This is Issue 53 in CLI’s On Point Series. To view this report as a PDF, see: On Point 53: Abortion Cases in the Higher Federal Courts
Abortion advocates contend that the United States Supreme Court is on the precipice of reversing Roe v. Wade—the conservative justices are simply waiting for the arrival of another like-minded colleague, and they may find that person in Judge Amy Coney Barrett. An honest review of recent decisions by the Court, however, simply fails to support this belief. Instead of building a case for Roe’s demise, the Court has managed to make abortion jurisprudence even murkier for legislators and lower courts trying to determine the constitutionality of abortion laws, while otherwise refusing to make substantive decisions in abortion cases.
Undue Burden or Balancing Test?
In 2016, the Court (which then included Justice Kennedy, and did not include Justices Gorsuch and Kavanaugh) created and applied a new balancing test to determine whether a law infringes on a woman’s “constitutional right” to abortion in Whole Woman’s Health v. Hellerstedt.[i] In the 2020 case, June Medical Services v. Russo,[ii] the Court failed to clarify how lower courts should now review abortion laws. The plurality—Justices Breyer, Ginsburg, Sotomayor, and Kagan—applied the Whole Woman’s Health balancing test; the rest of the court, including Chief Justice Roberts who joined the plurality in judgment, criticized the plurality’s reasoning.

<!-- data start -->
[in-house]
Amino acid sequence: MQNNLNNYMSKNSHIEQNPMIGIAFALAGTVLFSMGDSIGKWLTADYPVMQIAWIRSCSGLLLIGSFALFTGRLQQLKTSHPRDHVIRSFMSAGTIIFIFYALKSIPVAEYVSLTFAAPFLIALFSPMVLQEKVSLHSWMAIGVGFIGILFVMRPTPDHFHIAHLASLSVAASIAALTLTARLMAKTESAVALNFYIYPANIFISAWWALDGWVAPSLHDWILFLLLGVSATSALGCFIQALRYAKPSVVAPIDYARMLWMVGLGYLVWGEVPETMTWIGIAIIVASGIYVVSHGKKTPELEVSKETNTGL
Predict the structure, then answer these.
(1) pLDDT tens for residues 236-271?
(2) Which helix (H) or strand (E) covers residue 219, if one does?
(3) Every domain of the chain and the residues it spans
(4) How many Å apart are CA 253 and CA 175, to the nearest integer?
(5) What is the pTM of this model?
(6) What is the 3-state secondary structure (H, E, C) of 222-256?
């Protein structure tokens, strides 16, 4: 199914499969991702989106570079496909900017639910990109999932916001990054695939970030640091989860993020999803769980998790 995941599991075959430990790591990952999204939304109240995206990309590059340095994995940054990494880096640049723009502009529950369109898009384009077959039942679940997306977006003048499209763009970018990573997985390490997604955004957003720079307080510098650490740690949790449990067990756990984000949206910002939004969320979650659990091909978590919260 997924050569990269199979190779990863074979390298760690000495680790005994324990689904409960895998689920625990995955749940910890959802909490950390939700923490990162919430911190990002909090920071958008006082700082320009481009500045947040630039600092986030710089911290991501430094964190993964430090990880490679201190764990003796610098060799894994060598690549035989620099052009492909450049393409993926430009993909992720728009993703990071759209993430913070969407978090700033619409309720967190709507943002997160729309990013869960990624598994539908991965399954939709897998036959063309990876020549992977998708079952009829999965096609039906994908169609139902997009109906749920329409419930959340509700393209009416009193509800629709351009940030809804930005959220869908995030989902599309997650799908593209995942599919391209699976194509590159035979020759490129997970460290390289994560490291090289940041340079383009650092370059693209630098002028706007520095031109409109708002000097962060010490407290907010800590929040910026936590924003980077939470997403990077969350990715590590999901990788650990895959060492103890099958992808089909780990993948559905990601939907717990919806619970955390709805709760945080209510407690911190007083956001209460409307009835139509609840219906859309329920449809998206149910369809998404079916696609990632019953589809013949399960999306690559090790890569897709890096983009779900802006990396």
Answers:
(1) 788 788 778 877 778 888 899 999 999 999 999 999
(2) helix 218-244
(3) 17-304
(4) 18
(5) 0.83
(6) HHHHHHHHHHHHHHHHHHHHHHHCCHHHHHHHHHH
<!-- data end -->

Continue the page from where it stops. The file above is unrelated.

Courts are now struggling to determine which June Medical opinion to follow—the plurality’s opinion or Chief Justice Roberts’s concurrence, which rejected the balancing test but was needed by the plurality to strike down the challenged Louisiana law. The Eighth Circuit Court of Appeals recently applied the undue burden standard, citing Chief Justice Roberts’ concurrence in June Medical, and reversed a lower court’s decision enjoining several abortion laws.[iii] A Maryland District Court judge, conversely, applied the plurality’s balancing test and enjoined FDA health and safety standards for the abortion drug, mifepristone.[iv]
Dodging the Hard Questions
June Medical was an anomaly, because the Court has otherwise refused to make substantive abortion decisions since becoming arguably more conservative. In 2019, the Court declined to review an Eleventh Circuit decision enjoining a second-trimester dismemberment abortion ban in Alabama,[v] and a Seventh Circuit decision enjoining a ban on discriminatory abortions in Indiana.[vi] In July 2020, the Court vacated and remanded two Indiana cases for further consideration in light of June Medical.[vii] One case addressed whether a state can require ultrasound as part of an 18-hour reflection period before an abortion. The other case addressed enhancements to a parental involvement law.
Most recently, on October 8, 2020, the Court refused to grant a stay of an injunction that prevents the Food and Drug Administration from enforcing health and safety protocols written to protect women who take the abortion-inducing drug, mifepristone. The injunction, imposed by a federal district judge in Maryland, applies nationwide during the COVID-19 public health emergency. The Court directed FDA to file another motion with the same judge, arguing that the injunction should be dissolved, modified, or stayed because “relevant circumstances have changed.” The Court gave the District Court 40 days to rule on the motion before FDA can return to the Supreme Court.
By punting this case into the future, the Court squandered the opportunity to clarify that a “right to abortion” does not include the right to a particular method of abortion. In the very least, the Court could have stayed the injunction out of proper deference to the FDA’s expertise on drug safety. Justices Alito and Thomas rightly dissented from this decision, stating that “[t]his case presents important issues that richly merit review.”[viii]
More Cases on the Horizon